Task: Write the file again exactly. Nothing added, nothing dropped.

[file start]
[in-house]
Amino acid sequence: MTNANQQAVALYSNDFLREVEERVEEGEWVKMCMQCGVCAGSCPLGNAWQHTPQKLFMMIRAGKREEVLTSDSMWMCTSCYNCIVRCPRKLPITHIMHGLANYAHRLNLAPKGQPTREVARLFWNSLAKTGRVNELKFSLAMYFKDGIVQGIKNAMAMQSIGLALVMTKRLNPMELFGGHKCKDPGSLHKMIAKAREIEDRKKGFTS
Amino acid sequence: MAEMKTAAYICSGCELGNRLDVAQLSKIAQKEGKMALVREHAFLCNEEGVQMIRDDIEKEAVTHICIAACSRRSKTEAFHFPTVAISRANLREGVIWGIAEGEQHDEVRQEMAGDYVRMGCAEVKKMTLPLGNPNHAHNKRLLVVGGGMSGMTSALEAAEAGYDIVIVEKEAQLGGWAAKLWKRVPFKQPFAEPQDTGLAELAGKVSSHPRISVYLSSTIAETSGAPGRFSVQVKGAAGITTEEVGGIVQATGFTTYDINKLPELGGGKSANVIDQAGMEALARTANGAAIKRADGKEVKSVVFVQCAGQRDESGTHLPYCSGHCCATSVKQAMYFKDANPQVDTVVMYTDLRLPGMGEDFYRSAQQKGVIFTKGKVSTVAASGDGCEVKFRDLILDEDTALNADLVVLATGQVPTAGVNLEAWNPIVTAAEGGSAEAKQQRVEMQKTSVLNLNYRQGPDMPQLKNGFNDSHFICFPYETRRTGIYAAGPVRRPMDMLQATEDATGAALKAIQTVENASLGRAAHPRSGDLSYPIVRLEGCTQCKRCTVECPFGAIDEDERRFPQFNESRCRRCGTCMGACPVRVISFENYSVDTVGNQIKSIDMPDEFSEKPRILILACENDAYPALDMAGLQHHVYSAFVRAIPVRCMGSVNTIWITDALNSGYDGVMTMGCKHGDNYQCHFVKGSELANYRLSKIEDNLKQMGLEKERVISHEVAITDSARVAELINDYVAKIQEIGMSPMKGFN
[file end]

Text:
[in-house]
Amino acid sequence: MTNANQQAVALYSNDFLREVEERVEEGEWVKMCMQCGVCAGSCPLGNAWQHTPQKLFMMIRAGKREEVLTSDSMWMCTSCYNCIVRCPRKLPITHIMHGLANYAHRLNLAPKGQPTREVARLFWNSLAKTGRVNELKFSLAMYFKDGIVQGIKNAMAMQSIGLALVMTKRLNPMELFGGHKCKDPGSLHKMIAKAREIEDRKKGFTS
Amino acid sequence: MAEMKTAAYICSGCELGNRLDVAQLSKIAQKEGKMALVREHAFLCNEEGVQMIRDDIEKEAVTHICIAACSRRSKTEAFHFPTVAISRANLREGVIWGIAEGEQHDEVRQEMAGDYVRMGCAEVKKMTLPLGNPNHAHNKRLLVVGGGMSGMTSALEAAEAGYDIVIVEKEAQLGGWAAKLWKRVPFKQPFAEPQDTGLAELAGKVSSHPRISVYLSSTIAETSGAPGRFSVQVKGAAGITTEEVGGIVQATGFTTYDINKLPELGGGKSANVIDQAGMEALARTANGAAIKRADGKEVKSVVFVQCAGQRDESGTHLPYCSGHCCATSVKQAMYFKDANPQVDTVVMYTDLRLPGMGEDFYRSAQQKGVIFTKGKVSTVAASGDGCEVKFRDLILDEDTALNADLVVLATGQVPTAGVNLEAWNPIVTAAEGGSAEAKQQRVEMQKTSVLNLNYRQGPDMPQLKNGFNDSHFICFPYETRRTGIYAAGPVRRPMDMLQATEDATGAALKAIQTVENASLGRAAHPRSGDLSYPIVRLEGCTQCKRCTVECPFGAIDEDERRFPQFNESRCRRCGTCMGACPVRVISFENYSVDTVGNQIKSIDMPDEFSEKPRILILACENDAYPALDMAGLQHHVYSAFVRAIPVRCMGSVNTIWITDALNSGYDGVMTMGCKHGDNYQCHFVKGSELANYRLSKIEDNLKQMGLEKERVISHEVAITDSARVAELINDYVAKIQEIGMSPMKGFN